Earthshot Winners Announced: the People Taking on Climate Change
On the 7th November, five winners of the Earthshot Prize 2023 were announced by Prince William at a star-studded event in Singapore. Out of 1300 nominees, the winners included community projects, high tech startups, and charities. The Earthshot awards have gained great global interest and shines a spotlight on communities working to protect our planet.
The purpose of the Earthshot Prize is to accelerate sustainable development and innovation, and has 5 defining categories. By 2030, the five Earthshot winners aim to: Protect and Restore Nature by seeing a growth in natural habitats; Clean Our Air and ensure that globally the World Health Organisation standard is met; Revive Our Oceans and future proof them for the next generation; Build a Waste-Free World with a focus on removing single use plastics, and finally, Fix Our Climate which has the aim to build a carbon neutral economy.
Each of the winners are awarded £1million to help develop their projects as well as receiving recognition and notoriety within the sustainability community. Back in 2020, Prince William set up the prize and is described by the Royal Foundation as “the most prestigious global prize for the environment in history”. From 2021 to 2030, a winner will be announced for each of the five categories having been judged by the Earthshot Prize Council (which includes in their midst Prince William himself and Sir David Attenborough).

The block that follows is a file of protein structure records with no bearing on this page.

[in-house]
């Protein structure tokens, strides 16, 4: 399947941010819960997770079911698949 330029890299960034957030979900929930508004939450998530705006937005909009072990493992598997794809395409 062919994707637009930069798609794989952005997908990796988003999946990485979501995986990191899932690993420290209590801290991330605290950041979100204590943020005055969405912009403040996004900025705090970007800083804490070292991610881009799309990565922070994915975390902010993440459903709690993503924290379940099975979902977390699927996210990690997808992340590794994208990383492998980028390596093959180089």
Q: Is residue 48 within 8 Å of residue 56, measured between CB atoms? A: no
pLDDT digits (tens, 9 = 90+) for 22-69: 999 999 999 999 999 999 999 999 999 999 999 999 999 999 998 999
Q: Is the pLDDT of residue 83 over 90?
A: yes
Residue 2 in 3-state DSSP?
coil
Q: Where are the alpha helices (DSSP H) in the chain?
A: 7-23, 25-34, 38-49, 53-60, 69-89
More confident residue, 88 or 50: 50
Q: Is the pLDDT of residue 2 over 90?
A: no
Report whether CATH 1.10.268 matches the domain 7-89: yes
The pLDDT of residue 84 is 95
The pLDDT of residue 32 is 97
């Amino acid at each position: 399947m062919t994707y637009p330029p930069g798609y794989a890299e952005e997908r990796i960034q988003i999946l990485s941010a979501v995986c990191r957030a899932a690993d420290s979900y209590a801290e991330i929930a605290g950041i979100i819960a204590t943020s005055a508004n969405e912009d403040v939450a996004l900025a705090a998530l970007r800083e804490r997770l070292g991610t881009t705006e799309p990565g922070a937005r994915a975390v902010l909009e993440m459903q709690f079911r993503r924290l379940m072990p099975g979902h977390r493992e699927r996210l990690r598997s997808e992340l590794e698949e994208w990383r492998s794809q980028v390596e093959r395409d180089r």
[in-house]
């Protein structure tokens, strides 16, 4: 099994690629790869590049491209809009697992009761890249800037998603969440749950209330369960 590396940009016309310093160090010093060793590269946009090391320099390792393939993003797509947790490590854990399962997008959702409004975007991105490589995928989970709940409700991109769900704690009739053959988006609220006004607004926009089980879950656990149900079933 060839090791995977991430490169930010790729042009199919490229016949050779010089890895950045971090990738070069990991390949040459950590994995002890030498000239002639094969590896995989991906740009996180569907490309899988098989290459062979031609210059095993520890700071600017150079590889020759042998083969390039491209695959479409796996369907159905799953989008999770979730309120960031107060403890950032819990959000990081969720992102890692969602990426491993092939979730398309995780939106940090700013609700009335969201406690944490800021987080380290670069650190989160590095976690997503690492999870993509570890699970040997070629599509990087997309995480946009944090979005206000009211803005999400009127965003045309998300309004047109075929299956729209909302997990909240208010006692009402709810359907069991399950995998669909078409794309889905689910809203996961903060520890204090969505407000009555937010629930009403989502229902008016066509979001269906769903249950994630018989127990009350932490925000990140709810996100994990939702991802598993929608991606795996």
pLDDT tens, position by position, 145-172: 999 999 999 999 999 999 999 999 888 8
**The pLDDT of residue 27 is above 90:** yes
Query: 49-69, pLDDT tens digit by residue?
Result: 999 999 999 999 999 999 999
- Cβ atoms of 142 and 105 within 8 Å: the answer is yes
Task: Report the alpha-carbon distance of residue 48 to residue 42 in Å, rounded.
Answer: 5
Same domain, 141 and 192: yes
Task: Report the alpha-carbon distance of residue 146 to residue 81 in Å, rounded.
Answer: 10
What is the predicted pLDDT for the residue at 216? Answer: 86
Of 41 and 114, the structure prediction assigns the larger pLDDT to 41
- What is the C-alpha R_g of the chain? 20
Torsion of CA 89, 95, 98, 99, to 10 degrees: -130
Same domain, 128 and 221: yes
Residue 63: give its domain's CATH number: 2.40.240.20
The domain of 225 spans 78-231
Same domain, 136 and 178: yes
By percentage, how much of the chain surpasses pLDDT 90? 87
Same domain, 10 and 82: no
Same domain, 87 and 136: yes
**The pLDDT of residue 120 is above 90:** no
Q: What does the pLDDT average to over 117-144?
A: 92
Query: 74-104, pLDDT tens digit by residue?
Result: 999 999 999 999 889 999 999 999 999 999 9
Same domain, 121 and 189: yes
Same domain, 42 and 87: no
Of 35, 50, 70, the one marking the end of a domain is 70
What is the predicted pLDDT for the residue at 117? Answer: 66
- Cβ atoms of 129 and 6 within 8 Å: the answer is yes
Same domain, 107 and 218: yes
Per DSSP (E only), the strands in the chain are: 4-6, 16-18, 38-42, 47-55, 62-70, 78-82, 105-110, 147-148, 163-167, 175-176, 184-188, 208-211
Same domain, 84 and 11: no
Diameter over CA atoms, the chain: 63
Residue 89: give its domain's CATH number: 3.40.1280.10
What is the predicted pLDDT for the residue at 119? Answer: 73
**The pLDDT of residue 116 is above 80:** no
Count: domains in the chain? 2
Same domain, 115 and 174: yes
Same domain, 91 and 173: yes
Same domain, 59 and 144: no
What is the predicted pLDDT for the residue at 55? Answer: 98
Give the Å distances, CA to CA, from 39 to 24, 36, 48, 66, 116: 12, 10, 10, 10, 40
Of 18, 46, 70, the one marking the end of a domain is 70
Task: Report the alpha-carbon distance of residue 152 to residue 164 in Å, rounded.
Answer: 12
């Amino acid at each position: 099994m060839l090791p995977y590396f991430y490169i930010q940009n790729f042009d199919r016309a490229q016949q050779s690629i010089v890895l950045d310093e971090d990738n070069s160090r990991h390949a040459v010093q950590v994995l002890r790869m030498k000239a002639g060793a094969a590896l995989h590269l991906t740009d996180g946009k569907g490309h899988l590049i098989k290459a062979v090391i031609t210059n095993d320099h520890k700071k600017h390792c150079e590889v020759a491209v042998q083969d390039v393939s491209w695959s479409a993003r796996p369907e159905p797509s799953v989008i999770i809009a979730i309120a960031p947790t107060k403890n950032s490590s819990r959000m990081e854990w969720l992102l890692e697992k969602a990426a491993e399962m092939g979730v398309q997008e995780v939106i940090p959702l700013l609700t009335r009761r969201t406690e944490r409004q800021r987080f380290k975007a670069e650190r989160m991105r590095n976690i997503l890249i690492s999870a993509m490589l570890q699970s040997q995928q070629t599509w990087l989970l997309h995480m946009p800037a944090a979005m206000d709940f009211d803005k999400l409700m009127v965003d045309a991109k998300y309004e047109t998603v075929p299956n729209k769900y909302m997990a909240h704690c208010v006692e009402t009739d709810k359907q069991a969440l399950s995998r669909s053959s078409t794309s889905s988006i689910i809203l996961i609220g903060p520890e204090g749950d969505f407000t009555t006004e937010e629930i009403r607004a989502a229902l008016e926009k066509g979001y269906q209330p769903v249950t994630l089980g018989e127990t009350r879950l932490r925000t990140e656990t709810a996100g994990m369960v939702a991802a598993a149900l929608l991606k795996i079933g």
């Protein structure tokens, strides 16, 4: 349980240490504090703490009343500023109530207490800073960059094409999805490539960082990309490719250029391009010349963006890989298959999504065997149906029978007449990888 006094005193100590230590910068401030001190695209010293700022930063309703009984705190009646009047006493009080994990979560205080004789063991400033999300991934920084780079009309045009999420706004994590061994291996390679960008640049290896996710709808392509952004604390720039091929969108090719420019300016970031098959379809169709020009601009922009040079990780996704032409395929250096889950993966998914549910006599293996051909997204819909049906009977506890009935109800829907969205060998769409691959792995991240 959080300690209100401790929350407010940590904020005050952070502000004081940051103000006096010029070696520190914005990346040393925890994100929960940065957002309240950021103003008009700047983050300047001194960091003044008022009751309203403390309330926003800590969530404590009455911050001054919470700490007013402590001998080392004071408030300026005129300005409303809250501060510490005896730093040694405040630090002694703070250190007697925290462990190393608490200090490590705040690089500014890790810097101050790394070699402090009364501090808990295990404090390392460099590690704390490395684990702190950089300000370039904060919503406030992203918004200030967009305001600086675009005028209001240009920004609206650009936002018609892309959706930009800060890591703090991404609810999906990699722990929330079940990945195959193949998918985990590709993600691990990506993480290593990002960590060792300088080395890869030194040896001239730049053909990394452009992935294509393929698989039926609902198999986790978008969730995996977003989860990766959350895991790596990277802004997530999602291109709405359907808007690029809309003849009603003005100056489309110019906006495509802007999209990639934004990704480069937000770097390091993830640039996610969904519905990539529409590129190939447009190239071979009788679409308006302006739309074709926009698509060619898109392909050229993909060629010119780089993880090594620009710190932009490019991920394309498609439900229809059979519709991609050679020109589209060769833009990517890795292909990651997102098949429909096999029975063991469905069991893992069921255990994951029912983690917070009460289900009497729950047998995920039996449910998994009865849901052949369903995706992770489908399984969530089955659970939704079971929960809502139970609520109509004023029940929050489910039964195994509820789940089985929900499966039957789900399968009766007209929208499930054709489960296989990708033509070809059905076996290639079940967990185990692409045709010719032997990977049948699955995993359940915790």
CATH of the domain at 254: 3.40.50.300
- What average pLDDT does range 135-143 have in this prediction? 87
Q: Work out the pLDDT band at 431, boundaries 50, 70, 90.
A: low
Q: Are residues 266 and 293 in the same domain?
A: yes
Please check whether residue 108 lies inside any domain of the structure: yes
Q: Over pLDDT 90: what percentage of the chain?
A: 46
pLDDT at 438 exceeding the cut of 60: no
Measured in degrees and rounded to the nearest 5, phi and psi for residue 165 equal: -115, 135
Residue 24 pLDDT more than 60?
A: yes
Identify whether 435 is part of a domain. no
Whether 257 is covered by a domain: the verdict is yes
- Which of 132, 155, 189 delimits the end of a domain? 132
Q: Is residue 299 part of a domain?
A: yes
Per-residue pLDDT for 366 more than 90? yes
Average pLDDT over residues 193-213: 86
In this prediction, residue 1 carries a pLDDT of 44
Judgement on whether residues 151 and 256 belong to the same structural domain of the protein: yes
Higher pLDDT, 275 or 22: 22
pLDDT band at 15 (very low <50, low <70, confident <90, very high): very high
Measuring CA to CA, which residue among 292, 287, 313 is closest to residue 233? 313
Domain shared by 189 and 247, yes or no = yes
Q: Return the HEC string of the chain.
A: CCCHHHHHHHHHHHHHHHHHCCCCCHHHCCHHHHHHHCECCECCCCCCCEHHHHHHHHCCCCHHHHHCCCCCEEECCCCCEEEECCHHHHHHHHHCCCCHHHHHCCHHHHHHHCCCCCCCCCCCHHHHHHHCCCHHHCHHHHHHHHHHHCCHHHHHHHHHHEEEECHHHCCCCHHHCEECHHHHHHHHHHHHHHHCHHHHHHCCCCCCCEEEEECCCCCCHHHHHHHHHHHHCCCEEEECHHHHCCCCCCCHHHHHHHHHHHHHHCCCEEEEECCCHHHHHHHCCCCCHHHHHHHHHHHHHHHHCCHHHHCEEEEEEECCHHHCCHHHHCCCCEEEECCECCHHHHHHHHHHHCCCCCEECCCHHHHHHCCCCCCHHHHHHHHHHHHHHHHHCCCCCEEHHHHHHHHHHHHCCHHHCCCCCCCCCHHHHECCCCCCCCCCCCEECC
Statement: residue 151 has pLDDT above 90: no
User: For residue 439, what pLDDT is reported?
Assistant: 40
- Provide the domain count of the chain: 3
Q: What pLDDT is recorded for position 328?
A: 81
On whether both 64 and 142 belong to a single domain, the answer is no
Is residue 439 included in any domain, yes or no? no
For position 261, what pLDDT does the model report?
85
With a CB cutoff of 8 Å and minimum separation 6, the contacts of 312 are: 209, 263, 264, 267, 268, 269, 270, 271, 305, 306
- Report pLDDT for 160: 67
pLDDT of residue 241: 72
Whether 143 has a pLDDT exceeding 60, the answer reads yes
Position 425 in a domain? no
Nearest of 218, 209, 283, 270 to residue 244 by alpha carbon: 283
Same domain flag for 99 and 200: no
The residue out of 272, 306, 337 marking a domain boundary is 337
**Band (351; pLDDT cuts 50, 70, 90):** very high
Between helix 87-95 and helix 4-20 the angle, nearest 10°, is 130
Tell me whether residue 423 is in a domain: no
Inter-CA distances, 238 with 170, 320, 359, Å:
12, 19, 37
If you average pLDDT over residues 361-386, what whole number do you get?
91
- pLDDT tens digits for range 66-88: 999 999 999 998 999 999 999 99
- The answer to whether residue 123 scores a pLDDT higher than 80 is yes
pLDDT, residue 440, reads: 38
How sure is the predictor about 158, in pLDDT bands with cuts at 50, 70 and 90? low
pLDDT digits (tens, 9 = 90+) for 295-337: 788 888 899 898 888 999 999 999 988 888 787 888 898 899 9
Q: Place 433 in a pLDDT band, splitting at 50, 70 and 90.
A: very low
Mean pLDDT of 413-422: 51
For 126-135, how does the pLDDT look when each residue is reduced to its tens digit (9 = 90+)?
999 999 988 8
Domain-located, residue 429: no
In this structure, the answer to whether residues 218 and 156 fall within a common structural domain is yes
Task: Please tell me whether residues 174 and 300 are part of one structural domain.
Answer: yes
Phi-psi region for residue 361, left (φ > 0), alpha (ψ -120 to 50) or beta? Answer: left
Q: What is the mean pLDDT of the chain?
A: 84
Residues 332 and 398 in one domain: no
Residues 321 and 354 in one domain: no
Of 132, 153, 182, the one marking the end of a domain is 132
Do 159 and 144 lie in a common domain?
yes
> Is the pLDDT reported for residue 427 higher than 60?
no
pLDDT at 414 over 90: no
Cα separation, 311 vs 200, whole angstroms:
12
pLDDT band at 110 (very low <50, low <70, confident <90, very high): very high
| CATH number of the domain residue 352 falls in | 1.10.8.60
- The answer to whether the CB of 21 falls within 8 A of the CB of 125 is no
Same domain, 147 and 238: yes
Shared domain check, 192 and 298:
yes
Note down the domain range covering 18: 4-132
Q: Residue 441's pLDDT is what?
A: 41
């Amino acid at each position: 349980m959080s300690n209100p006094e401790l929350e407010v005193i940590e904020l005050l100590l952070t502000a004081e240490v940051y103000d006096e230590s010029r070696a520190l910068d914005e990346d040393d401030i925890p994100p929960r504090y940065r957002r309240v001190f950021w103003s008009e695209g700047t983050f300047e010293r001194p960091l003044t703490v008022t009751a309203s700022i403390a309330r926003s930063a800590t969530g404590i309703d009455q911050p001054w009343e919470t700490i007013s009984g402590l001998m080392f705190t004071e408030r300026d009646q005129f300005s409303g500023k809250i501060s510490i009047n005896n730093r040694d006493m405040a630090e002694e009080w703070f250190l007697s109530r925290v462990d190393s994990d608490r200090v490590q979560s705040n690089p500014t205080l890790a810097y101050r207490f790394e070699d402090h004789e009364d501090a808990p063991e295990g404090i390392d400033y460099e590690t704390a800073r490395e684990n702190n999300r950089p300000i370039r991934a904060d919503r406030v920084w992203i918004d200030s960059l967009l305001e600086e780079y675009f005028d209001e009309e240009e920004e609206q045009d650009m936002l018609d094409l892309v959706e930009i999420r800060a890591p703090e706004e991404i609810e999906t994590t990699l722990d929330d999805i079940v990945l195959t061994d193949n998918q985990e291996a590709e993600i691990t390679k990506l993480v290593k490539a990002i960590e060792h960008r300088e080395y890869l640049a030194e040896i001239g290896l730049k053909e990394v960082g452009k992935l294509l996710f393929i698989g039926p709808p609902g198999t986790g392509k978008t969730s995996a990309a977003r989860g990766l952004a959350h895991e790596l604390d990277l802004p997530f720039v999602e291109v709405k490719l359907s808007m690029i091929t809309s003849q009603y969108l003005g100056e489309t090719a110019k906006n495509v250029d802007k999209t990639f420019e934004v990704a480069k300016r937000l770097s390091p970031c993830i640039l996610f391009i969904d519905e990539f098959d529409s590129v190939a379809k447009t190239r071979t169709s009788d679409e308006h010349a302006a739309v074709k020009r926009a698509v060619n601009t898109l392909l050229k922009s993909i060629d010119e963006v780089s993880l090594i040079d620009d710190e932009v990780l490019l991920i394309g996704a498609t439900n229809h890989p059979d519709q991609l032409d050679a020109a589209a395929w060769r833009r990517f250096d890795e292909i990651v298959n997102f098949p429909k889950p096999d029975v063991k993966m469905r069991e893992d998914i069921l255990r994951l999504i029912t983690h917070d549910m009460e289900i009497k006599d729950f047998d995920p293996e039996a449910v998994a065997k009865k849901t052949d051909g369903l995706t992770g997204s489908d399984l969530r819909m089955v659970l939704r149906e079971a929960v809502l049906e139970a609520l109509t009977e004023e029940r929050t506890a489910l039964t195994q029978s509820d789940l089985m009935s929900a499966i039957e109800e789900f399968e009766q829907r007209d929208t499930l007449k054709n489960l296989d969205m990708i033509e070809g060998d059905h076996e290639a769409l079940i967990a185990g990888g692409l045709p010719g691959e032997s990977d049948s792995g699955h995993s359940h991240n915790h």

The 2023 winners were varied. From a conservation community project in the Andes planting almost 10 million native trees since 2018, to an Indian food waste prevention scheme that empowers female farmers by supplying solar powered food processors. One company – Boomitra – uses AI and satellite images to help farmers restore their soil health and improves food security.
The winner the Clean Our Air Earthshot, meanwhile, has developed a unique technology than can reduce greenhouse emissions by 40%. GRST (Green, Renewable and Sustainable Technology) uses water instead of NMP solvents to produce lithium batteries. This has the potential for a variety of uses from manufacturing to powering electric cars. Currently, lithium-ion batteries require destructive mining techniques to obtain the finite materials required.
and as As the world moves away from fossil fuels, the demand for lithium will only increase, risking the future of many of earth’s habitats. Furthermore, using water is less toxic than NMP solvents and also makes the battery easier to recycle, thus ultimately reducing waste. With the prize money, the Hong Kong based start-up is set to build the world’s greenest lithium-ion battery factory in China and upscale its battery production.
Other winners and nominees from previous years include The City of Milan Food Waste Hubs for the Build a Waste-Free World, Reeddi Capsules for Fix Our Climate, and The Great Bubble Barrier for Revive Our Oceans. One 2021 finalist is Vinisha Umashankar who at 14 created solar powered carts that improved ironing vendors health in India as an alternative to the charcoal stands used in her community.
Seeing through the glamour, it’s clear to see the legacy the Earthshot prizes create, and the importance of the awareness it creates for the climate crisis. Who will win next?